Six weeks of At-Home BTrackS Target Tracking Training Induces Sustained Dynamic Balance Improvement in Healthy Young Adults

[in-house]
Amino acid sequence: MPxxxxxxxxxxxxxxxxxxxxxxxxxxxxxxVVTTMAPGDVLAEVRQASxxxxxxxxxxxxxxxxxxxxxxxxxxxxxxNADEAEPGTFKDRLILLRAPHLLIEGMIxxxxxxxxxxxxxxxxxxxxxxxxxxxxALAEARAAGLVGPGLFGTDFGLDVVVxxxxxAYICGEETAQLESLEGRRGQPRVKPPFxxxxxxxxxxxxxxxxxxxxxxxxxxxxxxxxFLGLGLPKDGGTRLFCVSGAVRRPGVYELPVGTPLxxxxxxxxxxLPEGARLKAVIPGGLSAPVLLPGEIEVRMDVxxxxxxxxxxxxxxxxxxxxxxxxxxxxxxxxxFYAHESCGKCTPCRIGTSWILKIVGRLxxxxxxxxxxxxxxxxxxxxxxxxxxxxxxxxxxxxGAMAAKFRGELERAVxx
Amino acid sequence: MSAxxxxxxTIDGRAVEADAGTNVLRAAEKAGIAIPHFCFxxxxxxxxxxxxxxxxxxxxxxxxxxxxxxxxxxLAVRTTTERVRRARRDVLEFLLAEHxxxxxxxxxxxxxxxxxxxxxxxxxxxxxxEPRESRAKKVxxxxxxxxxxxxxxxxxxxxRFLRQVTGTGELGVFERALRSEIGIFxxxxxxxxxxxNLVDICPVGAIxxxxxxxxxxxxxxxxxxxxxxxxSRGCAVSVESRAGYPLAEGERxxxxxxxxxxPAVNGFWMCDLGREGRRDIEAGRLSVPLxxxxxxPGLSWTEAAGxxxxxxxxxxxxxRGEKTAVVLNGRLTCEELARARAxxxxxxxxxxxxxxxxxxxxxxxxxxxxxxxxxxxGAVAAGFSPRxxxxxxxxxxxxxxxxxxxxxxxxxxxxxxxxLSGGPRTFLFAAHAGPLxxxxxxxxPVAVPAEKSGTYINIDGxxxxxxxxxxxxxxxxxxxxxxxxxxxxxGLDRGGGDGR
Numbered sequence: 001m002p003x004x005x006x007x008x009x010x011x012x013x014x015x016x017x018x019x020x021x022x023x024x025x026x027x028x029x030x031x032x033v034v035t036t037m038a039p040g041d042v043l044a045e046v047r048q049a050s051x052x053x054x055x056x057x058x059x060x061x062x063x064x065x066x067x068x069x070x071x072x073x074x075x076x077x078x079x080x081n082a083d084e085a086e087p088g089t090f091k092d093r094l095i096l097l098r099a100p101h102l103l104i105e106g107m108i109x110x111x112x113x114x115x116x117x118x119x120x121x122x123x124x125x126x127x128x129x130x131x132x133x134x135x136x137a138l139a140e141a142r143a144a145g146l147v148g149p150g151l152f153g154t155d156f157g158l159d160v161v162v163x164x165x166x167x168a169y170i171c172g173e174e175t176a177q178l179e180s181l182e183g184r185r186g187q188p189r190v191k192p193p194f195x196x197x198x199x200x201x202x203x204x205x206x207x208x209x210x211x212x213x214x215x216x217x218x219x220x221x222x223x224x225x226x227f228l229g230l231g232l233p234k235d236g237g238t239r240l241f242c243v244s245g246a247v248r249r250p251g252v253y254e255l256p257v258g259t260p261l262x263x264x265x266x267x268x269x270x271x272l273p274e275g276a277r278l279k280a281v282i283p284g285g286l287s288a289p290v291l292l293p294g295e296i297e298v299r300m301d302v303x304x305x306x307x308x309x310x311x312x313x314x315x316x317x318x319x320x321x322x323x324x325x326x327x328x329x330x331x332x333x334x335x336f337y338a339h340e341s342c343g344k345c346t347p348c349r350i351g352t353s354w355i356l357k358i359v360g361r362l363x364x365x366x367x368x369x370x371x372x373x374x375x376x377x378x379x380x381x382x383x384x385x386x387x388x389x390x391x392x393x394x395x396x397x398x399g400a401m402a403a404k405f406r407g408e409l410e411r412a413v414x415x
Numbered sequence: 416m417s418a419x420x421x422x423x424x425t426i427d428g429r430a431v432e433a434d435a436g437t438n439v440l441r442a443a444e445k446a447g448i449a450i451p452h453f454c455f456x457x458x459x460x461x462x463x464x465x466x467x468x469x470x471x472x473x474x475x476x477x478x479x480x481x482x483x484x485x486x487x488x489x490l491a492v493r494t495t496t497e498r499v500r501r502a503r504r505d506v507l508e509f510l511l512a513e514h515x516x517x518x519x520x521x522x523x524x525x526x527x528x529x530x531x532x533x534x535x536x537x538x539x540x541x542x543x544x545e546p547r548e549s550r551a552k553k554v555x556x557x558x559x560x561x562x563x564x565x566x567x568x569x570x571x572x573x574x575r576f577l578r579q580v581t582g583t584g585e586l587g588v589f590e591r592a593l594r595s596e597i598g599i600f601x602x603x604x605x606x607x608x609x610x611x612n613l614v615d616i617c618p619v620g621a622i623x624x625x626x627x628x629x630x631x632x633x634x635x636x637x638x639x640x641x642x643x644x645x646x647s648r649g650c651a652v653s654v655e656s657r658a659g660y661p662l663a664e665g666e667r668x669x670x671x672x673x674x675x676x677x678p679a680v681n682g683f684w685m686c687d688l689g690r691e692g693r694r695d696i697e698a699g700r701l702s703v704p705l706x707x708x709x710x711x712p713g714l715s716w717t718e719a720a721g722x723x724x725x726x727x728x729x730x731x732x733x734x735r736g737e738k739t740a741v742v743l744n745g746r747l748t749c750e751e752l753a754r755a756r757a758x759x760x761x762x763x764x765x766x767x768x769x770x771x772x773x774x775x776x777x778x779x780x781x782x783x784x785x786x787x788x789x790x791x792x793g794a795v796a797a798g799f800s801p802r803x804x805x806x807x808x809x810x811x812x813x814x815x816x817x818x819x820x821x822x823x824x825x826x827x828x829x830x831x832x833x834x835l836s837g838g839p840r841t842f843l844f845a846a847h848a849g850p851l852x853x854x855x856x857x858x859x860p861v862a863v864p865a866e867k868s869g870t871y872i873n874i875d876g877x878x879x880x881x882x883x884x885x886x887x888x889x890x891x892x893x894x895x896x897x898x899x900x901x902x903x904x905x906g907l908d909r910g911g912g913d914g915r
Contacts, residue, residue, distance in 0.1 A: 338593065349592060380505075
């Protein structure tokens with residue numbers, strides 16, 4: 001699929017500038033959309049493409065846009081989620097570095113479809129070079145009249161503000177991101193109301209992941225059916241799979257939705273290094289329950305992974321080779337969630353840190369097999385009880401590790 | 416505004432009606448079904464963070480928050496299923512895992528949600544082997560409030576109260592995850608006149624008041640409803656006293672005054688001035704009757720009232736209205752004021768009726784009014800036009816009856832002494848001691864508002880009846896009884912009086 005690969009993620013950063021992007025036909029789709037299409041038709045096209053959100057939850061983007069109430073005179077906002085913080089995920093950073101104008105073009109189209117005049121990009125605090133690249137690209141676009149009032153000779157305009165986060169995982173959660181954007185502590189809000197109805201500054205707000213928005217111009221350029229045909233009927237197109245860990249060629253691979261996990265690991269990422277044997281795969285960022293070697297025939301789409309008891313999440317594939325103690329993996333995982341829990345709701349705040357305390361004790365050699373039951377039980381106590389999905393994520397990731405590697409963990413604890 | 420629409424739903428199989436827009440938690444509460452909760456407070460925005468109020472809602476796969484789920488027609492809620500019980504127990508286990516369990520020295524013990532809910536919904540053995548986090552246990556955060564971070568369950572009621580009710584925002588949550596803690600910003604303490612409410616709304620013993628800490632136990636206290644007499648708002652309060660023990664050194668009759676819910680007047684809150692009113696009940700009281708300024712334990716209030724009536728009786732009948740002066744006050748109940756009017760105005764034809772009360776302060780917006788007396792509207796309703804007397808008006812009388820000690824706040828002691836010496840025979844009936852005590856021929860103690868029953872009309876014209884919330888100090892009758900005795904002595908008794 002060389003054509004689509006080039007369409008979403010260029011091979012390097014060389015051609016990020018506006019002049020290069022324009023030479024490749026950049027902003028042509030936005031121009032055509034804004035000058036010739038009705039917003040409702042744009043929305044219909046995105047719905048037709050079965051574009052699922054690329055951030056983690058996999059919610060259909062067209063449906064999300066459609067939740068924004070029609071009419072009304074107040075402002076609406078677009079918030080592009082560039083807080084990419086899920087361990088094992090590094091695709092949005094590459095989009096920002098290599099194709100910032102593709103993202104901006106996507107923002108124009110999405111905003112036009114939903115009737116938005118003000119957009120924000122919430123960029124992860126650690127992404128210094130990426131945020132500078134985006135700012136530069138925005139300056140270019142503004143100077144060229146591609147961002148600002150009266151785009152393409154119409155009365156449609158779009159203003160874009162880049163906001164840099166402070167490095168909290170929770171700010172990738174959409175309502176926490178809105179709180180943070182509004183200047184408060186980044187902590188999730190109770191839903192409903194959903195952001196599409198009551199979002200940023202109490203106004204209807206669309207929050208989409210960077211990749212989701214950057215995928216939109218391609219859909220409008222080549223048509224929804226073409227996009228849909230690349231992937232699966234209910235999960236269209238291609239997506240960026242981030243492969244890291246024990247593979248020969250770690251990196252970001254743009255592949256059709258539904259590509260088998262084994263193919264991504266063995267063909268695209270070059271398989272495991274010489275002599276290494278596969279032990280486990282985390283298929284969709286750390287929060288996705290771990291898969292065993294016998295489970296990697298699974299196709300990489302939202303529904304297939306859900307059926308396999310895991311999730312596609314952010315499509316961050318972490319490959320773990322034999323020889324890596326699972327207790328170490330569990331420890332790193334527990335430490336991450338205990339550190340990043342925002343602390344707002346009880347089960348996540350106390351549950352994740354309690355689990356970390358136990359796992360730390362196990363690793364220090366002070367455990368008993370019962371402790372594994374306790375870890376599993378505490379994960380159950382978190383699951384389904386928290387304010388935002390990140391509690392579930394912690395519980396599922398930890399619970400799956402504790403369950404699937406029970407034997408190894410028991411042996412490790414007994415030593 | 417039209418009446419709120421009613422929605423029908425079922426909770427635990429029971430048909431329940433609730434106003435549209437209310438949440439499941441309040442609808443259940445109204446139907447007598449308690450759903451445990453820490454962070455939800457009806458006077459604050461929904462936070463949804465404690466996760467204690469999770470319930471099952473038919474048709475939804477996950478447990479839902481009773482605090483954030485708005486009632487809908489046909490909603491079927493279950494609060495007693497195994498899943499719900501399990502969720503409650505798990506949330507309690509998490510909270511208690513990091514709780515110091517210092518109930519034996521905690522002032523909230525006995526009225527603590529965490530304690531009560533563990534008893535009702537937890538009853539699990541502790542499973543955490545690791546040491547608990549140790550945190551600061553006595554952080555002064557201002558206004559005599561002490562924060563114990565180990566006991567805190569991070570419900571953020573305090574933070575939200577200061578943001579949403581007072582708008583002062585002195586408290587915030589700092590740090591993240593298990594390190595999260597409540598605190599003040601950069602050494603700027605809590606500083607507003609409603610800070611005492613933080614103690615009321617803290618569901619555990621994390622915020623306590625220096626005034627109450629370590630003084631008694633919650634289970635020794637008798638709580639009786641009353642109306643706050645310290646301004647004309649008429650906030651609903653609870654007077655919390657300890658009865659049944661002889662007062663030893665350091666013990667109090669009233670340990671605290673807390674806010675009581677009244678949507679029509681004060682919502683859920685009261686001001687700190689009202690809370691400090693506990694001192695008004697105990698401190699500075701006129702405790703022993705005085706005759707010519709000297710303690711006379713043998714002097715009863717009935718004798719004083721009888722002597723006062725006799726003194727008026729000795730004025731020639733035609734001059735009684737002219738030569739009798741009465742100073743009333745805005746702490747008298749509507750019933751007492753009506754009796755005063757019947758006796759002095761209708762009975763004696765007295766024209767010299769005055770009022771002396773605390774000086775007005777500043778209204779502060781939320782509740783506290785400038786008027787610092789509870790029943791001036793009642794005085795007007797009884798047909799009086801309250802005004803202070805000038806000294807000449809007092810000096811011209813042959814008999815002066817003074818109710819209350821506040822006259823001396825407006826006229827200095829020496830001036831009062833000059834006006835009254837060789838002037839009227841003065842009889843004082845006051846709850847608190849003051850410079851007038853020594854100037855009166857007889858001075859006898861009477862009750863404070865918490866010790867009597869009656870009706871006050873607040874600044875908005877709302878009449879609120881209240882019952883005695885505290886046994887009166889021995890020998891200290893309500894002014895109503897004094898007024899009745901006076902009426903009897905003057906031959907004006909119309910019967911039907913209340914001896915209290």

Data for manuscript: Six weeks of At-Home BTrackS Target Tracking Training Induces Sustained Dynamic Balance Improvement in Healthy Young Adults Background/Objective: The Balance Tracking System (BTrackS) Target Tracking Training (TTT) protocol requires an individual to keep an onscreen dot within a moving target circle via leaning movements that are sensed by a BTrackS balance plate. The present study sought to determine for the first time if short duration at-home training using BTrackS TTT could improve dynamic balance. Methods: Fifteen healthy young adults (mean age = 22.4 years) performed BTrackS TTT for six weeks at home, with an average of five, three-minute sessions per week. The first three weeks of BTrackS TTT were completed on the firm surface of a BTrackS Balance Plate, while the final three weeks were performed on a foam cushion on top of the plate. This was followed by a three-week retention period where participants performed no training. Dynamic balance changes were assessed at multiple timepoints with the BTrackS Limits of Stability (LOS) protocol. Results: Participants significantly improved BTrackS TTT from the first to last day of training in both three-week periods (p<0.01). This increase was mirrored by improved BTrackS LOS results. Specifically, BTrackS LOS area (i.e. dynamic balance) increased significantly from Baseline to the end of the first three weeks of training (p<0.001), and again after the second three weeks (p<0.01). These gains were maintained following the retention period. Conclusion: The present findings support the use of short duration BTrackS TTT to improve dynamic balance at home. This increase in dynamic balance could ultimately be used a practical means of improving athletic performance.